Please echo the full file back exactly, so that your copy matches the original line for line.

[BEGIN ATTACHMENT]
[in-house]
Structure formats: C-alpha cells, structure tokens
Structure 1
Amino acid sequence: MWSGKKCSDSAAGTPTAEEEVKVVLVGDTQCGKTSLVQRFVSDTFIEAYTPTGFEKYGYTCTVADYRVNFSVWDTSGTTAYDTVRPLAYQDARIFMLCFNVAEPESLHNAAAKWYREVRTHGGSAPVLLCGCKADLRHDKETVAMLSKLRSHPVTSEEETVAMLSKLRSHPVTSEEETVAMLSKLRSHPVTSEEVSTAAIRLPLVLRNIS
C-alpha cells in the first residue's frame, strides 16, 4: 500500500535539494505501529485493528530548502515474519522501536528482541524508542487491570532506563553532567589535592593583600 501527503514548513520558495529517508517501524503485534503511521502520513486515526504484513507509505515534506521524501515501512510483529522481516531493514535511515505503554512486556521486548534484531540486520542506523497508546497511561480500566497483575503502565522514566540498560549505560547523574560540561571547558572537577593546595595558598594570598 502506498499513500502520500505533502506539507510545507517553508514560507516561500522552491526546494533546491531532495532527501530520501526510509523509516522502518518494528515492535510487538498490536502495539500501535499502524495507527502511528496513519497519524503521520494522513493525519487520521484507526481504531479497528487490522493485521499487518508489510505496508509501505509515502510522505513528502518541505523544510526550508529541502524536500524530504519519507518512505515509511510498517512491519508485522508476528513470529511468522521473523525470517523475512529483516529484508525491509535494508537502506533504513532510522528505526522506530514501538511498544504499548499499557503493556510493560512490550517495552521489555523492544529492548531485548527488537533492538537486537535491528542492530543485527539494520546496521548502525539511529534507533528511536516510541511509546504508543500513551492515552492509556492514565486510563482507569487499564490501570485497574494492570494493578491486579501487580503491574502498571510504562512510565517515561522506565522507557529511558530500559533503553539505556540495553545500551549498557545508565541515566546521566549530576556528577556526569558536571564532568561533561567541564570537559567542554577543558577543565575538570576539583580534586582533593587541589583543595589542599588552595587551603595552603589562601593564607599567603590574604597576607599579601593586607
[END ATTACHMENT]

[in-house]
Structure formats: C-alpha cells, structure tokens
Structure 1
Amino acid sequence: MWSGKKCSDSAAGTPTAEEEVKVVLVGDTQCGKTSLVQRFVSDTFIEAYTPTGFEKYGYTCTVADYRVNFSVWDTSGTTAYDTVRPLAYQDARIFMLCFNVAEPESLHNAAAKWYREVRTHGGSAPVLLCGCKADLRHDKETVAMLSKLRSHPVTSEEETVAMLSKLRSHPVTSEEETVAMLSKLRSHPVTSEEVSTAAIRLPLVLRNIS
C-alpha cells in the first residue's frame, strides 16, 4: 500500500535539494505501529485493528530548502515474519522501536528482541524508542487491570532506563553532567589535592593583600 501527503514548513520558495529517508517501524503485534503511521502520513486515526504484513507509505515534506521524501515501512510483529522481516531493514535511515505503554512486556521486548534484531540486520542506523497508546497511561480500566497483575503502565522514566540498560549505560547523574560540561571547558572537577593546595595558598594570598 502506498499513500502520500505533502506539507510545507517553508514560507516561500522552491526546494533546491531532495532527501530520501526510509523509516522502518518494528515492535510487538498490536502495539500501535499502524495507527502511528496513519497519524503521520494522513493525519487520521484507526481504531479497528487490522493485521499487518508489510505496508509501505509515502510522505513528502518541505523544510526550508529541502524536500524530504519519507518512505515509511510498517512491519508485522508476528513470529511468522521473523525470517523475512529483516529484508525491509535494508537502506533504513532510522528505526522506530514501538511498544504499548499499557503493556510493560512490550517495552521489555523492544529492548531485548527488537533492538537486537535491528542492530543485527539494520546496521548502525539511529534507533528511536516510541511509546504508543500513551492515552492509556492514565486510563482507569487499564490501570485497574494492570494493578491486579501487580503491574502498571510504562512510565517515561522506565522507557529511558530500559533503553539505556540495553545500551549498557545508565541515566546521566549530576556528577556526569558536571564532568561533561567541564570537559567542554577543558577543565575538570576539583580534586582533593587541589583543595589542599588552595587551603595552603589562601593564607599567603590574604597576607599579601593586607